Who would wear it suggestions (below) look for enough in common with the Season to get along and make a few (or many) combinations.

Confirm all purchases at home. Buy only if the item can returned.

Row 1:

The gray T-shirt looks yellow or green next to the fuchsia, which is what will happen to those same colours in the skin tone, hair, or other features. Also problematic is that the fuchsia looks frozen next to the T-shirt, not a good makeup look.  (Who would wear it: Light Summer)

The tank top is better if I had to choose one and might be fine with the fuchsia in an outfit. I’m still seeing the fuchsia as dominant, too big, too bright, too cold, and might not use it as the lipstick, but this is an extreme colour, saturated by a computer, and a  more human version of a True Winter colour might be very good. The way to know is to try them together. (Who would wear it: True Winter, Bright Winter, Bright Spring.)

With the colour square, I prefer the tank top.

Row 2:

The pink in the T-shirt is continuous with the same tones in the red square. They’re comfortable together. The gray looks good and so does the red. They have similar energy, with neither pulling my attention towards or away from itself. They’re bringing out the best in one another. (Who would wear it: True Summer, True Winter in the matte or softer side rather than the extreme or intense side.)

The sleeveless top is balanced enough with the red to suggest Summer, but it also looks yellow and the red as a lipstick might look blue, suggesting a warmer Summer or Season. (Who would wear it: Light Summer, Light Spring, Bright Spring.)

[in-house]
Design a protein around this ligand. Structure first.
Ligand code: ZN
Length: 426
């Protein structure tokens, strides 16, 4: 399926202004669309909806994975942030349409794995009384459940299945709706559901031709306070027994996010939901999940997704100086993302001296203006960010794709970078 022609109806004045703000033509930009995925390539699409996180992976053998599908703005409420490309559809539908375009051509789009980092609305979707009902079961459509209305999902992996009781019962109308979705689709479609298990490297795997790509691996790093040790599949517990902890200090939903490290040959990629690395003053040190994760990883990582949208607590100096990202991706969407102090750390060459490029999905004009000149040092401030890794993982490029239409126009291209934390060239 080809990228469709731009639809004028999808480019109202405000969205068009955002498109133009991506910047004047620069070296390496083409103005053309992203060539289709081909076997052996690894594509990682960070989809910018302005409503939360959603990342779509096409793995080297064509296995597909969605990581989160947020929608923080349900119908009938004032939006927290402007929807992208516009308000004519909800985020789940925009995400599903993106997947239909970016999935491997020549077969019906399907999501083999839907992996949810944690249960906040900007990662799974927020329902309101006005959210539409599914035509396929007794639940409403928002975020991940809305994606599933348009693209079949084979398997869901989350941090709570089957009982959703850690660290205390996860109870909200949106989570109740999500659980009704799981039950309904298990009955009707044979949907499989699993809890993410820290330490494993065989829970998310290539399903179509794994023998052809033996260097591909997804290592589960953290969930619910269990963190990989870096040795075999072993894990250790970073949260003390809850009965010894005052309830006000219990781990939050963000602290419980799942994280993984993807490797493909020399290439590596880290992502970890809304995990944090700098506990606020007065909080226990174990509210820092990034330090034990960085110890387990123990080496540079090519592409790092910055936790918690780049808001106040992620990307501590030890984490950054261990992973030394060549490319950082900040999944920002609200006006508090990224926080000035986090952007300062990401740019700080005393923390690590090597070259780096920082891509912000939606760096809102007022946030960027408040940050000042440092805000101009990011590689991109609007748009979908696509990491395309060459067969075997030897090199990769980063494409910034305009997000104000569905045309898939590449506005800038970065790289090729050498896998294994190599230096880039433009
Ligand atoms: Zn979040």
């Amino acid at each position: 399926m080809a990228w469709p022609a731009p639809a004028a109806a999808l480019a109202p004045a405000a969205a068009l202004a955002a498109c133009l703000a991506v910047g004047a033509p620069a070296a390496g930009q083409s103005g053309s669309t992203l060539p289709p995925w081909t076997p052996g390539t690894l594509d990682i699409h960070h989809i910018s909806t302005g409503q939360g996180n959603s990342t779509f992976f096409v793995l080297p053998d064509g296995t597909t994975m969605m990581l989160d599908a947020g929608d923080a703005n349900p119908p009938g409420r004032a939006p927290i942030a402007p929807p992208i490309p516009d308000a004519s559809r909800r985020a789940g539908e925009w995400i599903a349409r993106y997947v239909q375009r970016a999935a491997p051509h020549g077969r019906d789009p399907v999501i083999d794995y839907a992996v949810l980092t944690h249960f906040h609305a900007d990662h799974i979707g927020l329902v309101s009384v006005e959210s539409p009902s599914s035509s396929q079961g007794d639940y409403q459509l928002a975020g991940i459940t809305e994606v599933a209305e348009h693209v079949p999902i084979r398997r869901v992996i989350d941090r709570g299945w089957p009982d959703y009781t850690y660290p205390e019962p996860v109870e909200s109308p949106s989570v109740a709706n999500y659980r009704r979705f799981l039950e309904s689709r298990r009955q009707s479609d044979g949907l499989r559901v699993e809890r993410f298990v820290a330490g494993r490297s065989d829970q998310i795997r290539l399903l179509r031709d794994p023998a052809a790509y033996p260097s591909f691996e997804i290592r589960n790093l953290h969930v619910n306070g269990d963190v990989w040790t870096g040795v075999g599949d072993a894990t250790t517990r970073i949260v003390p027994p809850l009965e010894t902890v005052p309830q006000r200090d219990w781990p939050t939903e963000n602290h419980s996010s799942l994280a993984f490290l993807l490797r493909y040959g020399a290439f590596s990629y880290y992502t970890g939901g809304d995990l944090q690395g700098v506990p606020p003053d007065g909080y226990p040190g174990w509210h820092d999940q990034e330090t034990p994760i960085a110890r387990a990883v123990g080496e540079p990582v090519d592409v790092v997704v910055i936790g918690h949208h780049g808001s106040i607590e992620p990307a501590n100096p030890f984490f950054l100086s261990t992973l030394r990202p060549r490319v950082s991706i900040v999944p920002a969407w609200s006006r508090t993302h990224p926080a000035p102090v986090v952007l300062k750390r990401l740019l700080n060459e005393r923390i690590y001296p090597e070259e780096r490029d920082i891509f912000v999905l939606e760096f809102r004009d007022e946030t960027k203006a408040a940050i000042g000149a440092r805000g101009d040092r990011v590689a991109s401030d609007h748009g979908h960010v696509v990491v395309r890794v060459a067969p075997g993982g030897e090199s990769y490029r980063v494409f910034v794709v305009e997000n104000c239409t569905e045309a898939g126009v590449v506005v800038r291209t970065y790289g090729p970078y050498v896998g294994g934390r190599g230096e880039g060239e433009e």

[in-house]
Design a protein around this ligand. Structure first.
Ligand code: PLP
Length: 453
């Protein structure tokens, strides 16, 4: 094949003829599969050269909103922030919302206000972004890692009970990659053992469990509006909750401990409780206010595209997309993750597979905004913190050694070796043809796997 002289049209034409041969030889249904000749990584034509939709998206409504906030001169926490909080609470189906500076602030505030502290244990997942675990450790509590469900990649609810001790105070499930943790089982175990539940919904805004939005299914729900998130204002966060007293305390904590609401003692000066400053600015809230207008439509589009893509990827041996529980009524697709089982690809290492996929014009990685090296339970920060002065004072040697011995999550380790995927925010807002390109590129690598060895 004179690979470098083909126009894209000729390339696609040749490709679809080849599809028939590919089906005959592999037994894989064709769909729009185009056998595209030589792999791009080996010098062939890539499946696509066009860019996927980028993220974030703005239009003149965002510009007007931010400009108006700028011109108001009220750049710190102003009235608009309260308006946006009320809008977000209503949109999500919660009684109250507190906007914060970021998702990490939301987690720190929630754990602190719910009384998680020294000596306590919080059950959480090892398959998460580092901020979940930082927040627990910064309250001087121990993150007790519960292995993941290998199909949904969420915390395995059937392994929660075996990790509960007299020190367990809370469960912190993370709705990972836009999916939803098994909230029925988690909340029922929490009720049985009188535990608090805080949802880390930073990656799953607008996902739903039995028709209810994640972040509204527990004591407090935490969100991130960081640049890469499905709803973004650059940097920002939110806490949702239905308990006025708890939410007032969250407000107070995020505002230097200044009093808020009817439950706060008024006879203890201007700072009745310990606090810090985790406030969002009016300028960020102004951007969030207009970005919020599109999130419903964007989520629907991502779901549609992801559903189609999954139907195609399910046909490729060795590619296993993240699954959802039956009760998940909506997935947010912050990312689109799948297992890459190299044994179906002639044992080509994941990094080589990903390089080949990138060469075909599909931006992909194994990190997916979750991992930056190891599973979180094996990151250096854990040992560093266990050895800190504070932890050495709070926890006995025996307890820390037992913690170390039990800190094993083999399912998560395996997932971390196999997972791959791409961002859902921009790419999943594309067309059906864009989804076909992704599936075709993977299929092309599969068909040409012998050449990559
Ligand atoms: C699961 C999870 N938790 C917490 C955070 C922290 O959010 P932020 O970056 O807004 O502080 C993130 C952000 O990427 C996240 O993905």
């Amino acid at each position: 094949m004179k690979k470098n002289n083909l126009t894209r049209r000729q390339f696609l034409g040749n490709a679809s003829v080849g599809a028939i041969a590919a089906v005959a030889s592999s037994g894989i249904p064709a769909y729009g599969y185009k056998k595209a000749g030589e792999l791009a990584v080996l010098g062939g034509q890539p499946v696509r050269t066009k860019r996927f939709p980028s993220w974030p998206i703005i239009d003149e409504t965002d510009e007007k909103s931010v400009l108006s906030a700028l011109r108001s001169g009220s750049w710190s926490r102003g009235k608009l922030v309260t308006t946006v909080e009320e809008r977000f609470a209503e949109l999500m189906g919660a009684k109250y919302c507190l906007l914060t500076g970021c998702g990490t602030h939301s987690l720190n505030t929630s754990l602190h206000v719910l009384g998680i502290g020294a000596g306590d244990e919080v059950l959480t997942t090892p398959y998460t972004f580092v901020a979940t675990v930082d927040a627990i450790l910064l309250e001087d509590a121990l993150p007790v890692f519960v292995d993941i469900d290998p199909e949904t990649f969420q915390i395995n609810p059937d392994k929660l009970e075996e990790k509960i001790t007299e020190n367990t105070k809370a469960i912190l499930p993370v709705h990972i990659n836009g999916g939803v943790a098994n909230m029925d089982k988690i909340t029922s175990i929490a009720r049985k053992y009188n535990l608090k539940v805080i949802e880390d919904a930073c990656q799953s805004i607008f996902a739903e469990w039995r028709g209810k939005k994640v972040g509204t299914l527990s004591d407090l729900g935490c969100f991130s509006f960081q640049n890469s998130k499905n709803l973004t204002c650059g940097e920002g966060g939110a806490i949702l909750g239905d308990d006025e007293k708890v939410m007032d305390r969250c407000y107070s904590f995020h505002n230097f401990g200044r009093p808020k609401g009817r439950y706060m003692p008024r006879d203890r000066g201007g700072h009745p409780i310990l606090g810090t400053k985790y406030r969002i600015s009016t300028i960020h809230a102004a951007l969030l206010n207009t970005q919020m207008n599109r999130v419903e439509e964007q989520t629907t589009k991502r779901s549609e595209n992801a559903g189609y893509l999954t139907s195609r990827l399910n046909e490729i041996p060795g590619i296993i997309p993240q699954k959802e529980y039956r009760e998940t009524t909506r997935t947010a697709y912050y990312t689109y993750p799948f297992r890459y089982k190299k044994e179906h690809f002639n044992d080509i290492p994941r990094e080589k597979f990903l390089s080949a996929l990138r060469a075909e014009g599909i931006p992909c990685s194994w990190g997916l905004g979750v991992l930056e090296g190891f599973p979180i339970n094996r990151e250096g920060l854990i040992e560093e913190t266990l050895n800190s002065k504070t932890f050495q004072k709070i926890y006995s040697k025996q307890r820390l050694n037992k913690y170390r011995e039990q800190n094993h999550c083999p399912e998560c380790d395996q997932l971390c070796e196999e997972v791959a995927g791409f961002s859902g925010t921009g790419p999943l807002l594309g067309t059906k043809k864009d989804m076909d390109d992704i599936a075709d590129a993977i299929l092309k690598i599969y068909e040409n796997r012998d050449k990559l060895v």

Choosing only one, I go with the V-neck T-shirt with the red square.

Row 3:

The tunic works well with the black, and with the dark pants on the  model. The colour can hold its own, appear as it really is, and shares colour impressions with the black. It no longer appears greenish, as it may have in Panel 5, though it still carries green tones, an example of Winter’s olive, found in many Winter skin tones. (Who would wear it: True Winter, Bright Winter, Bright Spring.)

The tank top is blueish, which is belonging for being cool, as the black probably is. Between this tank and the one above it in Row 1, I prefer the one in Row 1 with black. (Who would wear it: True, Light, or Soft Summer.)

I prefer the tunic with black.

Row 4:

Racerback tank to the gray block is easy, no competition or distraction. ( (Who would wear it: True or Light Summer.)

The strapless top is yellowish, like the sleeveless in Row 2, with a stronger yellow effect, possibly related to the steely sheen. Strong yellow puts Winter in mind. The gray block and strapless top are OK, but I can look at the other pair longer and more calmly. (Who would wear it: Bright Winter, Light Summer, Dark Winter, Bright Spring.)